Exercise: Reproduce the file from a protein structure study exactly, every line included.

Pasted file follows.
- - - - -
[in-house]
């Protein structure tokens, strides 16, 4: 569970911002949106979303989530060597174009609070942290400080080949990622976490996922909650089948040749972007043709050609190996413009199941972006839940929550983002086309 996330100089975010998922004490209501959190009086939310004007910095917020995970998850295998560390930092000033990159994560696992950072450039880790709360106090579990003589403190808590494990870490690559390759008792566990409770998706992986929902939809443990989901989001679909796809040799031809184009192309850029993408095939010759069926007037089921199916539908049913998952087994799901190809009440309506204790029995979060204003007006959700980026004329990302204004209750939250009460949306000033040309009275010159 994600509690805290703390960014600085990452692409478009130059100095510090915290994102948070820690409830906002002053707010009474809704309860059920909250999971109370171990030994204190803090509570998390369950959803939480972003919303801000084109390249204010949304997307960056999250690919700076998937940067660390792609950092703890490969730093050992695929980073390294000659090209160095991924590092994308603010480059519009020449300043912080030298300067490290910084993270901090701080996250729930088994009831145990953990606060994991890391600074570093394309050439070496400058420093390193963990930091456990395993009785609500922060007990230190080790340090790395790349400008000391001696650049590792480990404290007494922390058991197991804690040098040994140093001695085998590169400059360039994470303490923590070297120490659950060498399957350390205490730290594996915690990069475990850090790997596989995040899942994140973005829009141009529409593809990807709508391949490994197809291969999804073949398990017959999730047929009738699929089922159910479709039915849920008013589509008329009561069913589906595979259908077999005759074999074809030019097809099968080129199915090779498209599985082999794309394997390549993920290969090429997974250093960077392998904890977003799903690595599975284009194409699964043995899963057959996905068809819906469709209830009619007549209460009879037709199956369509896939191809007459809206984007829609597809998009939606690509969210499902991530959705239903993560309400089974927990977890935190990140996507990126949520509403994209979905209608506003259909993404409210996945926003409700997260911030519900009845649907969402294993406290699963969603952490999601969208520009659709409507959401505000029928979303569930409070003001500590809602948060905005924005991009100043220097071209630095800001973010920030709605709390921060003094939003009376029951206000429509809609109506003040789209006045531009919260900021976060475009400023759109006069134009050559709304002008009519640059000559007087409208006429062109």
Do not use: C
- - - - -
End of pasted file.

[in-house]
């Protein structure tokens, strides 16, 4: 569970911002949106979303989530060597174009609070942290400080080949990622976490996922909650089948040749972007043709050609190996413009199941972006839940929550983002086309 996330100089975010998922004490209501959190009086939310004007910095917020995970998850295998560390930092000033990159994560696992950072450039880790709360106090579990003589403190808590494990870490690559390759008792566990409770998706992986929902939809443990989901989001679909796809040799031809184009192309850029993408095939010759069926007037089921199916539908049913998952087994799901190809009440309506204790029995979060204003007006959700980026004329990302204004209750939250009460949306000033040309009275010159 994600509690805290703390960014600085990452692409478009130059100095510090915290994102948070820690409830906002002053707010009474809704309860059920909250999971109370171990030994204190803090509570998390369950959803939480972003919303801000084109390249204010949304997307960056999250690919700076998937940067660390792609950092703890490969730093050992695929980073390294000659090209160095991924590092994308603010480059519009020449300043912080030298300067490290910084993270901090701080996250729930088994009831145990953990606060994991890391600074570093394309050439070496400058420093390193963990930091456990395993009785609500922060007990230190080790340090790395790349400008000391001696650049590792480990404290007494922390058991197991804690040098040994140093001695085998590169400059360039994470303490923590070297120490659950060498399957350390205490730290594996915690990069475990850090790997596989995040899942994140973005829009141009529409593809990807709508391949490994197809291969999804073949398990017959999730047929009738699929089922159910479709039915849920008013589509008329009561069913589906595979259908077999005759074999074809030019097809099968080129199915090779498209599985082999794309394997390549993920290969090429997974250093960077392998904890977003799903690595599975284009194409699964043995899963057959996905068809819906469709209830009619007549209460009879037709199956369509896939191809007459809206984007829609597809998009939606690509969210499902991530959705239903993560309400089974927990977890935190990140996507990126949520509403994209979905209608506003259909993404409210996945926003409700997260911030519900009845649907969402294993406290699963969603952490999601969208520009659709409507959401505000029928979303569930409070003001500590809602948060905005924005991009100043220097071209630095800001973010920030709605709390921060003094939003009376029951206000429509809609109506003040789209006045531009919260900021976060475009400023759109006069134009050559709304002008009519640059000559007087409208006429062109």
Do not use: C